Once the expanding foam was set, we got on with the plaster work inside the structure. For this Aisling uses a different kind of scrim than here in England. It is made from local grass simply dried out and bound together in a roll. I fell in love with this material as it was so much easier and quicker to use than the wide mesh scrim sold in England. You simply pull it apart, soak it in the plaster and slap it on wherever needed. I would choose this over the artificial manufactured scrim here any day. Laying the sculpture down we  worked from each end, meeting in the middle and turning it to get every angle. When we got every angle, we left it to set and called it a day.

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Day Three…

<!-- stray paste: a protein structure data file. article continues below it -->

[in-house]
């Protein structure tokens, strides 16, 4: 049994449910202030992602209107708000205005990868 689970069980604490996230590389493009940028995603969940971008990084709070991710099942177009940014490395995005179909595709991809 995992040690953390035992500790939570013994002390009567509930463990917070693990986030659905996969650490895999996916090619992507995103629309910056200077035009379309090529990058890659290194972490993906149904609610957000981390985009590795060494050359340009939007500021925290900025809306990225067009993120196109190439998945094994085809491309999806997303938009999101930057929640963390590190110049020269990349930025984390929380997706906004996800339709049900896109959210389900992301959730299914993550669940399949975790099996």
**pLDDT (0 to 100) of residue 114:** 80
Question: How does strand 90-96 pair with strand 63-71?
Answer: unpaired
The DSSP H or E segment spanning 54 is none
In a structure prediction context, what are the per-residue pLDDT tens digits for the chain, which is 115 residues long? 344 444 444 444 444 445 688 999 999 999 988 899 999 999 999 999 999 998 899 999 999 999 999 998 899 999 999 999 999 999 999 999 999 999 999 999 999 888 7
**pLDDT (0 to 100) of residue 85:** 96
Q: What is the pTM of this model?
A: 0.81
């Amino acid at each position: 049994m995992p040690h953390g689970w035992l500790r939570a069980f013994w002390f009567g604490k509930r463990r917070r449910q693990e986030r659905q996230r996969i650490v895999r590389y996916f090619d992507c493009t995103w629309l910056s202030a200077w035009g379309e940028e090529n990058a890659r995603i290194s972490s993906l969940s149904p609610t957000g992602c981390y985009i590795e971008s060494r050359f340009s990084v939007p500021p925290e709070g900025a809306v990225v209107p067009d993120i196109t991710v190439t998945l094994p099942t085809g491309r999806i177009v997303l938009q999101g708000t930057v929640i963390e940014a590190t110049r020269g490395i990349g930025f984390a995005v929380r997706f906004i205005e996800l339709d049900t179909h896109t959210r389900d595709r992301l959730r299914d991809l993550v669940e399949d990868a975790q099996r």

for today we had made specific plans to do wax work in the morning then drive out into the mountains to do drawing and then visit a cave that we’d booked. Unfortunately, the weather wasn’t good enough to sit outside and draw so it gave us extra time on the wax before heading out to Cueva de la Pileta. Before I had arrived in Spain Aisling had been working on experimenting in various techniques with green winter wax, creating different shapes to be later turned into bronze. She had picked up a small extrusion pen initially designed for clay. However, she’d repurposed it for wax, trying out the different shapes it came with. We began with a tear drop shape. This was a fun experiment as throughout it we learned how to create the perfect temperature in the wax for it to come of smooth and straight; just before it completely cools. When the wax is still fairly warm it comes out grainy and mushy, not picking up the shape or being straight. We tried this a few times with this shape and another. Making straight tear drop and twisted ribbon.